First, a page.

Minaret of Jam – Splendour & Multifaceted Design
The Minaret of Jam located in Afghanistan is known for its splendour and multifaceted design and the 64-meter tower is a graceful, soaring structure which is said to be in good condition till date in spite of it being constructed by baked bricks in the 12th or 13th century.
It is covered with intricate brickwork with a blue tile inscription towards the top and is remarkable for the excellence of its architecture as well as adornment, representing the finale of an architectural and artistic tradition of that region.
The Minaret of Jam is located on an octagonal base comprising of four cylindrical shafts resting one above the other and becoming progressively smaller as they tend to go higher. It is made of fired brick and lime mortar having two wooden balconies together with a lantern towards the top.
Its external is decorated in superb detail covered with brick, stucco and glazed tiles contain sophisticated inscriptions of alternating band of Kufic and naskhi calligraphy, geometric patterns together with verses from the Quran.
The complex decorations together with the inscriptions seem to be clearly visible presently which has led it to be declared as a UNESCO World Heritage Site. The tower had been constructed by Ghorid Dynasty at the height of its glory when it reigned over areas of modern Iran, Pakistan, Afghanistan and India.
Turquoise Mountain – Legendary Lost Afghan Capital
It is presumed that the Minaret of Jamhad one been linked to a mosque which had been washed away in a flood earlier to the Mongol sieges.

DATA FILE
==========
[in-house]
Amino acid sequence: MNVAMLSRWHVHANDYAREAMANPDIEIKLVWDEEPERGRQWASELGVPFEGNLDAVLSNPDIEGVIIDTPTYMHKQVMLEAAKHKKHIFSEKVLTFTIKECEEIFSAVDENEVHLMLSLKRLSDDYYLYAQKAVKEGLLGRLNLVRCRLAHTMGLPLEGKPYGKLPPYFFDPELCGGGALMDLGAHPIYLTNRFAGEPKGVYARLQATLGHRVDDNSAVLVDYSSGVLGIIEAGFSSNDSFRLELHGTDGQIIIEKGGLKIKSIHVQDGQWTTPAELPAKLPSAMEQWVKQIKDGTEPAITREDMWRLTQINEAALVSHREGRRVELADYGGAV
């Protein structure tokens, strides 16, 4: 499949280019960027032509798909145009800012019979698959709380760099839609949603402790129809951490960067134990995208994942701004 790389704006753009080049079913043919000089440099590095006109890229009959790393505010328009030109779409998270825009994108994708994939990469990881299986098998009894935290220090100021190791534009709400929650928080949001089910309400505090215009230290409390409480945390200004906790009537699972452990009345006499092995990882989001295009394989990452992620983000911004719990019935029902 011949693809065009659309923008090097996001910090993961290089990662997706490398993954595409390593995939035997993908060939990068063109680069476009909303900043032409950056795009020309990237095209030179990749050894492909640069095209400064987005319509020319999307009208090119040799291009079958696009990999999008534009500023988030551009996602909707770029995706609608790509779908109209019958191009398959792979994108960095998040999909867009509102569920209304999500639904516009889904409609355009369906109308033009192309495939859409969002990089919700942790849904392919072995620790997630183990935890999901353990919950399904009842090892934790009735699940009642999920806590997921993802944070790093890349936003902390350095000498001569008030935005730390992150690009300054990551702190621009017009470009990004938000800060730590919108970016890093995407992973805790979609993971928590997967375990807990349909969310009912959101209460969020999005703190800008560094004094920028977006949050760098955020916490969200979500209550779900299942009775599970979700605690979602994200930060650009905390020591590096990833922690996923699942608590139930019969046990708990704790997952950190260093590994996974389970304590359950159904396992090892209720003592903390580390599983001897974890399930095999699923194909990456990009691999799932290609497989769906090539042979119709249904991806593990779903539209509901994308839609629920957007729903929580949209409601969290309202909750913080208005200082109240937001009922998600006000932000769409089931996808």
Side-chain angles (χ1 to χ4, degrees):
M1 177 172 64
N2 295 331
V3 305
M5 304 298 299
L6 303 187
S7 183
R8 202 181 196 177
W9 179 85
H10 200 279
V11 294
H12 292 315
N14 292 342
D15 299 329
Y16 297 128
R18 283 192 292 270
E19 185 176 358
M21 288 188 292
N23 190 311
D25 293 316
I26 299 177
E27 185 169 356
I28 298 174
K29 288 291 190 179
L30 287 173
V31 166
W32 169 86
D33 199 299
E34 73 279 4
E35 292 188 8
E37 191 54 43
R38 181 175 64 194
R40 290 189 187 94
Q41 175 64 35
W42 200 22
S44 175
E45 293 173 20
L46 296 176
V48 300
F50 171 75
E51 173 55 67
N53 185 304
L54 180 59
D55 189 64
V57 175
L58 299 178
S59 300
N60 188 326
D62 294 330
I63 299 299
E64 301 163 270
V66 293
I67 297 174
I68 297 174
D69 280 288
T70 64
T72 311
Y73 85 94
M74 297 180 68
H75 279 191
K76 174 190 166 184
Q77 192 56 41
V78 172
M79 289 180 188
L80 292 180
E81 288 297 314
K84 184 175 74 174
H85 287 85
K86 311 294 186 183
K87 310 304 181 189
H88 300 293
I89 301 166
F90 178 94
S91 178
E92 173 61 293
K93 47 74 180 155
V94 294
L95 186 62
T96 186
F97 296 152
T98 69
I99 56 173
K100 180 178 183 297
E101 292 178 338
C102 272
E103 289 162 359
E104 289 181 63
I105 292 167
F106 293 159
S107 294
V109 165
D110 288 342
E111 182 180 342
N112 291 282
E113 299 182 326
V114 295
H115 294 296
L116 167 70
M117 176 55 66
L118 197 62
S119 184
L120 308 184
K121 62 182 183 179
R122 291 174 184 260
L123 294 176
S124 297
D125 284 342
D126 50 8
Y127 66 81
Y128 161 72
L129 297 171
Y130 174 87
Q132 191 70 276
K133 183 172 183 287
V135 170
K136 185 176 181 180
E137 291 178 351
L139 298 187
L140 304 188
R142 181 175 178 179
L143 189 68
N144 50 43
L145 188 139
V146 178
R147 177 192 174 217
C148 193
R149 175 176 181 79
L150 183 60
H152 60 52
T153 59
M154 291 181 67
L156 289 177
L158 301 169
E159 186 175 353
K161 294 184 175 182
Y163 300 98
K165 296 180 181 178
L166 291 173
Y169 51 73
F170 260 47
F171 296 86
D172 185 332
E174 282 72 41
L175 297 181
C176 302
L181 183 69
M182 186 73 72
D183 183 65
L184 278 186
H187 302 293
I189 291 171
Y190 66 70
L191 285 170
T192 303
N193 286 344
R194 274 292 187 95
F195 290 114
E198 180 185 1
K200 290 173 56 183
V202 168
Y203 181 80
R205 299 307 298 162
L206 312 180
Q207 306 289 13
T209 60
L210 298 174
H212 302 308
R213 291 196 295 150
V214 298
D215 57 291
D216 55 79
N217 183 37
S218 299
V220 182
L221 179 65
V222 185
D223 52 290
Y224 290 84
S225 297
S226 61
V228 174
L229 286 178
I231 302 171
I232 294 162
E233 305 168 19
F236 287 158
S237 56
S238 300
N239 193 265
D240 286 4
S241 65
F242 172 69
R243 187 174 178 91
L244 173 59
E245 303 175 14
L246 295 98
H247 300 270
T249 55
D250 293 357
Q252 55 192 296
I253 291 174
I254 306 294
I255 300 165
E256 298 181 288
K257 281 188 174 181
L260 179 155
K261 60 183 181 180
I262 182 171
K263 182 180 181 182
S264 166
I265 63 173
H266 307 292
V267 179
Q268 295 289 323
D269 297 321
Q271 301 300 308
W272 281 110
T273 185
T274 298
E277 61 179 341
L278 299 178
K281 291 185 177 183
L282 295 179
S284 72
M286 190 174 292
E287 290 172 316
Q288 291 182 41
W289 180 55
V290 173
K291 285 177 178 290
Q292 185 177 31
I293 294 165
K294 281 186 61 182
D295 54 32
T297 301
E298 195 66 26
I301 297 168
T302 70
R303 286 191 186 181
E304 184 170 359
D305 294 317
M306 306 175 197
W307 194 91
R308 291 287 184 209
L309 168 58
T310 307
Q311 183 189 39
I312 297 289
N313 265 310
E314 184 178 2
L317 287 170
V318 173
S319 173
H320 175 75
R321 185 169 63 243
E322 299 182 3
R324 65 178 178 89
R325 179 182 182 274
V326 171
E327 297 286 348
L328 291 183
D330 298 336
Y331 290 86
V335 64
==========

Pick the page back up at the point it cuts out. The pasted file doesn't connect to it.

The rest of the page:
Archaeologists had located physical evidence of a large courtyard building that had once existed besides the minaret. In Central Asia, it was common to build single huge towers as a means of political power. The Minaret of Jam is said to be both amazingly large and visible owing to its size though hidden from the world because of its location within the valley. The most fascinating concept of the Minaret of Jam is that it could have belonged to the lost city of Firozkoh which is also known as the Turquoise Mountain.
This city had been the capital of Ghorid Dynasty as well as one of the greatest cities in the world and the capital had been totally ruined in the early 1220s by Ogedei Khan the son of Genghis wherein its location had been lost forever to history.
The Turquoise Mountain – Firozkoh is said to be the legendary lost Afghan capital of the Middle Ages and was apparently a prospering multicultural centre. It was believed that the ancient city had been the home of a Jewish trading community, documented by inscription on tombstones that had been discovered in the 1950s.
Lasting Legacy – Christians/Jews/Muslims
The minaret seems to be very apparent from the religious point of view. One of the visitors had commented that `this chapter, called Maryam tells of the Virgin Mary and Jesus, both venerated in Islam and of prophets such as Abraham and Isaac.
It’s a text that emphasises what Judaism, Christianity and Islam have in common instead of their differences. It appears the Ghorids positioned the text here to appeal for harmony and tolerance in the land, a message that is more relevant now than ever’.